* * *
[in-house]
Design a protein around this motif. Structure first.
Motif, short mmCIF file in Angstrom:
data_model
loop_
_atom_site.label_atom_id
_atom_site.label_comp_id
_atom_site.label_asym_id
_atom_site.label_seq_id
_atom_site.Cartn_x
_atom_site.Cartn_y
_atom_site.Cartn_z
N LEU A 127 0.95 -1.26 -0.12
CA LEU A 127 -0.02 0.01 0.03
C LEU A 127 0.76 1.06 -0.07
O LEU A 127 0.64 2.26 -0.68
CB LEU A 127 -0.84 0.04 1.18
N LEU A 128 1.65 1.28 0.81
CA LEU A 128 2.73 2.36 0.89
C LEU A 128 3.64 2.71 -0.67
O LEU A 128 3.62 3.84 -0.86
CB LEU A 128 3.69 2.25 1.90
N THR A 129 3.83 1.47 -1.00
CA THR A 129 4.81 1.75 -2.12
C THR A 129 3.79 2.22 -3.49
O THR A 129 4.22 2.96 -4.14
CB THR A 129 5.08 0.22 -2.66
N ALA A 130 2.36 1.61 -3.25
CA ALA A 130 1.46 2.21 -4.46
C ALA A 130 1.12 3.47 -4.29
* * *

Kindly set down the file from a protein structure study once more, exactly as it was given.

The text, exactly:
[in-house]
Design a protein around this motif. Structure first.
Motif, short mmCIF file in Angstrom:
data_model
loop_
_atom_site.label_atom_id
_atom_site.label_comp_id
_atom_site.label_asym_id
_atom_site.label_seq_id
_atom_site.Cartn_x
_atom_site.Cartn_y
_atom_site.Cartn_z
N LEU A 127 0.95 -1.26 -0.12
CA LEU A 127 -0.02 0.01 0.03
C LEU A 127 0.76 1.06 -0.07
O LEU A 127 0.64 2.26 -0.68
CB LEU A 127 -0.84 0.04 1.18
N LEU A 128 1.65 1.28 0.81
CA LEU A 128 2.73 2.36 0.89
C LEU A 128 3.64 2.71 -0.67
O LEU A 128 3.62 3.84 -0.86
CB LEU A 128 3.69 2.25 1.90
N THR A 129 3.83 1.47 -1.00
CA THR A 129 4.81 1.75 -2.12
C THR A 129 3.79 2.22 -3.49
O THR A 129 4.22 2.96 -4.14
CB THR A 129 5.08 0.22 -2.66
N ALA A 130 2.36 1.61 -3.25
CA ALA A 130 1.46 2.21 -4.46
C ALA A 130 1.12 3.47 -4.29